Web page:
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    • "We have previously characterized stem cell marker expression in PCMOs and have demonstrated similar expression profiles of Nanog and Oct3/4 during PCMO generation [6]. Moreover, the expression of Nanog and Oct3/4 was paralleled by a global rise in histone H3 methylation on Lys-4, a marker of active chromatin, and coincided with peak sensitivity to hepatocyte-specific differentiation [6]. "
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    ABSTRACT: Hepatocyte-like cells (NeoHepatocytes) generated from a peripheral blood monocyte-derived stem cell-like cell (the PCMO) are a promising alternative for primary hepatocytes in cell transplantation studies to cure liver diseases. However, to be therapeutically effective NeoHepatocytes are needed in large quantities. It was the aim of the present study to investigate i) whether the proportion of actively proliferating NeoHepatocytes can be enhanced by supplementing the PCMO differentiation medium (containing M-CSF, IL-3, and human serum) with either EGF or HB-EGF and ii) which signaling pathway underlies the promitotic effect. EGF and HB-EGF enhanced cell proliferation of PCMOs as demonstrated by increased expression of cycle control genes (ABL, ANAPC2, CDC2, CDK4, CDK6), phosphorylation of the retinoblastoma protein, and increased PCMO cell numbers after stimulation with EGF or HB-EGF. EGF also raised the number of monocytes expressing the proliferation marker Ki67. PCMOs expressed the EGF receptors EGFR (ERBB1) and ERBB3, and expression of both increased during PCMO generation. Phosphoimmunoblotting of PCMOs indicated that both EGF and HB-EGF activated MEK-1/2 and ERK1/2 in a concentration-dependent fashion with the effect of EGF being more prominent. EGF treatment further decreased expression of p47phox and increased that of Nanog indicating enhanced dedifferentiation and pluripotency, respectively. Treatment with both EGF and HB-EGF resulted in NeoHepatocytes with improved functional parameters. The results suggested that the addition of EGF or HB-EGF to PCMO differentiation medium superactivates MEK/ERK signaling which then increases both PCMO proliferation, number, and functional differentiation of PCMO-derived NeoHepatocytes.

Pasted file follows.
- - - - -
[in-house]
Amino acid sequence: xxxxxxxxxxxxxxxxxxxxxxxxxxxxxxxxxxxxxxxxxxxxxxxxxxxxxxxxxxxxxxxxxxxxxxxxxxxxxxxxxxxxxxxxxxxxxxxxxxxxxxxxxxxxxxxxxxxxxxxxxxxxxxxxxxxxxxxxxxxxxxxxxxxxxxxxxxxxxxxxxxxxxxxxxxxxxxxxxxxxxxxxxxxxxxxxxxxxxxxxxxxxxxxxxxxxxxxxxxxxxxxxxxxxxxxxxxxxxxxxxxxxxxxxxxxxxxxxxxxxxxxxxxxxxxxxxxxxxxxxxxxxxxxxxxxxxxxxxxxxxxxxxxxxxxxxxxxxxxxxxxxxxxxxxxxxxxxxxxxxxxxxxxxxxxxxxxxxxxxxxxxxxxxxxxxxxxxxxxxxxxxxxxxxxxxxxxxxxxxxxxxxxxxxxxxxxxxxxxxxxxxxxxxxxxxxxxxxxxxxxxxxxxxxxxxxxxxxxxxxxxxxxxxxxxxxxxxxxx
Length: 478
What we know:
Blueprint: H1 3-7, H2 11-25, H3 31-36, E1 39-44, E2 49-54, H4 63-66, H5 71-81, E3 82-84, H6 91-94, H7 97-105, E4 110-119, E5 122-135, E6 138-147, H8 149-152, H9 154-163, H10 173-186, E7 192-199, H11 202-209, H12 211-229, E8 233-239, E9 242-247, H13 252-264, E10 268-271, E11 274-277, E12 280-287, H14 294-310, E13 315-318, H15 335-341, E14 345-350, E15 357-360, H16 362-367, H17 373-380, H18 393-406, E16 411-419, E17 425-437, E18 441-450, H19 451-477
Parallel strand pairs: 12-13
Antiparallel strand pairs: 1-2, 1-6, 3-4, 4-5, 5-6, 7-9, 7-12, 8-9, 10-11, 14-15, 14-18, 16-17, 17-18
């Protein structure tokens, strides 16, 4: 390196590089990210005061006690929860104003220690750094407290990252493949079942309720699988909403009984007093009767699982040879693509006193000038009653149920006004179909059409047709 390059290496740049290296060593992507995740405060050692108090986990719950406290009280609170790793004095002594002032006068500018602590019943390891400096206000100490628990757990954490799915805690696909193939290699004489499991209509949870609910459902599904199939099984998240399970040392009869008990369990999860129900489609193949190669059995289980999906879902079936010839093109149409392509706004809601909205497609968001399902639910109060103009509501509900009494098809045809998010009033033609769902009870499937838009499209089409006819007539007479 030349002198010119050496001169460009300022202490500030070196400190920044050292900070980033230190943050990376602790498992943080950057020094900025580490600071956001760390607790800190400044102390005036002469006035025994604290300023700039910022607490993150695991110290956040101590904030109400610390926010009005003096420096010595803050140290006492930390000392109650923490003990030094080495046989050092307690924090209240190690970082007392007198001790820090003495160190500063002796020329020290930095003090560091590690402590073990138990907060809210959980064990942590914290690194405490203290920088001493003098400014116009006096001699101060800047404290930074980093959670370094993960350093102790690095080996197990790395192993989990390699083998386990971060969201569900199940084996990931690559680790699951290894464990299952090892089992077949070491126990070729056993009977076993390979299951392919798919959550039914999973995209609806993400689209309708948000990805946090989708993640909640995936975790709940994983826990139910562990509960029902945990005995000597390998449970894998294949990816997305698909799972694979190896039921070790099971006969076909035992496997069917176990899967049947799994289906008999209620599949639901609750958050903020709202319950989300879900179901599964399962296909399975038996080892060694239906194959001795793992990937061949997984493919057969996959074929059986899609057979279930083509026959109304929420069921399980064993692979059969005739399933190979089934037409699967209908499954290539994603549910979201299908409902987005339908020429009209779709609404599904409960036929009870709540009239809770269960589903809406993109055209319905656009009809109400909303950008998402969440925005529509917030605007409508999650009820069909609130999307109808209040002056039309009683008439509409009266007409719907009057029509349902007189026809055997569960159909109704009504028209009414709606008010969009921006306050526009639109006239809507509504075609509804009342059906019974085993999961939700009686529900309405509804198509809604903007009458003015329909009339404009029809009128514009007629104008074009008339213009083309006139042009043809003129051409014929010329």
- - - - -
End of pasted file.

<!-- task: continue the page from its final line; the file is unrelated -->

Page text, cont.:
Full-text · Article · Aug 2012 · Cell Communication and Signaling
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    • "Ungefroren et al. confirmed a change of the monocytes phenotype towards a more stem-cell-like appearance during a 6-day dedifferentiation treatment. The cells downregulated some monocyte-defining gens and started to express stem cell markers over time [19]. Recently, our group demonstrated that dedifferentiation of monocytes towards PCMOs with subsequent hepatogenic differentiation can be significantly improved by the use of the patient's autologous serum instead of human AB serum or fetal calf serum (FCS) [3]. "
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    ABSTRACT: Recent publications suggested that monocytes might be an attractive cell type to transdifferentiate into various cellular phenotypes. Aim was, therefore, to evaluate the potential of blood monocytes to transdifferentiate into osteoblasts. Monocytes isolated from peripheral blood were subjected to two previously published treatments to obtain unique, multipotent cell fractions, named programmable cells of monocytic origin (PCMOs) and monocyte-derived mesenchymal progenitor cells (MOMPs). Subsequently, MOMPs and PCMOs were treated with osteogenic differentiation medium (including either vitamin D or dexamethasone) for 14 days. Regarding a variety of surface markers, no differences between MOMPs, PCMOs, and primary monocytes could be detected. The treatment with osteogenic medium neither resulted in loss of hematopoietic markers nor in adoption of mesenchymal phenotype in all cell types. No significant effect was observed regarding the expression of osteogenic transcription factors, bone-related genes, or production of mineralized matrix. Osteogenic medium resulted in activation of monocytes and appearance of osteoclasts. In conclusion, none of the investigated monocyte cell types showed any transdifferentiation characteristics under the tested circumstances. Based on our data, we rather see an activation and maturation of monocytes towards macrophages and osteoclasts.
    Full-text · Article · Apr 2012 · The Scientific World Journal